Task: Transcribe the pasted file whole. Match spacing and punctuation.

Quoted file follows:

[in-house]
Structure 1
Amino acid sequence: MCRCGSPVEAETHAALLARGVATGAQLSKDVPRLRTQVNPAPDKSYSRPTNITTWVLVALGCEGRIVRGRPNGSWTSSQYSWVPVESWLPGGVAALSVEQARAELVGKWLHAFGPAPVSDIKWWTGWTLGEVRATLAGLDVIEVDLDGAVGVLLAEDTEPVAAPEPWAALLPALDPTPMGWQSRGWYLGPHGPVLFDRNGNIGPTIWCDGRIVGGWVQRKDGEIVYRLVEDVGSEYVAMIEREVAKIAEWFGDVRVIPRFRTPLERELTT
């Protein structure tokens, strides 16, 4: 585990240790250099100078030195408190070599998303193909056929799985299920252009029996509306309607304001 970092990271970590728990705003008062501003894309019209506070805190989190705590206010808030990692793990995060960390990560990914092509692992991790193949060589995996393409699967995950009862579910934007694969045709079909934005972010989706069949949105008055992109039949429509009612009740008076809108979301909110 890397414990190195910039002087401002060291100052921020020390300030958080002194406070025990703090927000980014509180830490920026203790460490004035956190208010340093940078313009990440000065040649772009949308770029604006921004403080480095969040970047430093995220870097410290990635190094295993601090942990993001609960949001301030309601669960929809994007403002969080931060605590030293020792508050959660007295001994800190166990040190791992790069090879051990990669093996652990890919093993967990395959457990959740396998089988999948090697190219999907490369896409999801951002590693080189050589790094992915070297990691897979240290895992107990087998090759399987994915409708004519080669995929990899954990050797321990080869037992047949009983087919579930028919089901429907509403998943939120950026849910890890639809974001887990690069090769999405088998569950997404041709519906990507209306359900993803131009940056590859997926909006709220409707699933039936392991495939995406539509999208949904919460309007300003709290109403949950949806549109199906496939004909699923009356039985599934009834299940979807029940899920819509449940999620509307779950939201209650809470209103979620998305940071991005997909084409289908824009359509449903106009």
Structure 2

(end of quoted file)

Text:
[in-house]
Structure 1
Amino acid sequence: MCRCGSPVEAETHAALLARGVATGAQLSKDVPRLRTQVNPAPDKSYSRPTNITTWVLVALGCEGRIVRGRPNGSWTSSQYSWVPVESWLPGGVAALSVEQARAELVGKWLHAFGPAPVSDIKWWTGWTLGEVRATLAGLDVIEVDLDGAVGVLLAEDTEPVAAPEPWAALLPALDPTPMGWQSRGWYLGPHGPVLFDRNGNIGPTIWCDGRIVGGWVQRKDGEIVYRLVEDVGSEYVAMIEREVAKIAEWFGDVRVIPRFRTPLERELTT
């Protein structure tokens, strides 16, 4: 585990240790250099100078030195408190070599998303193909056929799985299920252009029996509306309607304001 970092990271970590728990705003008062501003894309019209506070805190989190705590206010808030990692793990995060960390990560990914092509692992991790193949060589995996393409699967995950009862579910934007694969045709079909934005972010989706069949949105008055992109039949429509009612009740008076809108979301909110 890397414990190195910039002087401002060291100052921020020390300030958080002194406070025990703090927000980014509180830490920026203790460490004035956190208010340093940078313009990440000065040649772009949308770029604006921004403080480095969040970047430093995220870097410290990635190094295993601090942990993001609960949001301030309601669960929809994007403002969080931060605590030293020792508050959660007295001994800190166990040190791992790069090879051990990669093996652990890919093993967990395959457990959740396998089988999948090697190219999907490369896409999801951002590693080189050589790094992915070297990691897979240290895992107990087998090759399987994915409708004519080669995929990899954990050797321990080869037992047949009983087919579930028919089901429907509403998943939120950026849910890890639809974001887990690069090769999405088998569950997404041709519906990507209306359900993803131009940056590859997926909006709220409707699933039936392991495939995406539509999208949904919460309007300003709290109403949950949806549109199906496939004909699923009356039985599934009834299940979807029940899920819509449940999620509307779950939201209650809470209103979620998305940071991005997909084409289908824009359509449903106009």
Structure 2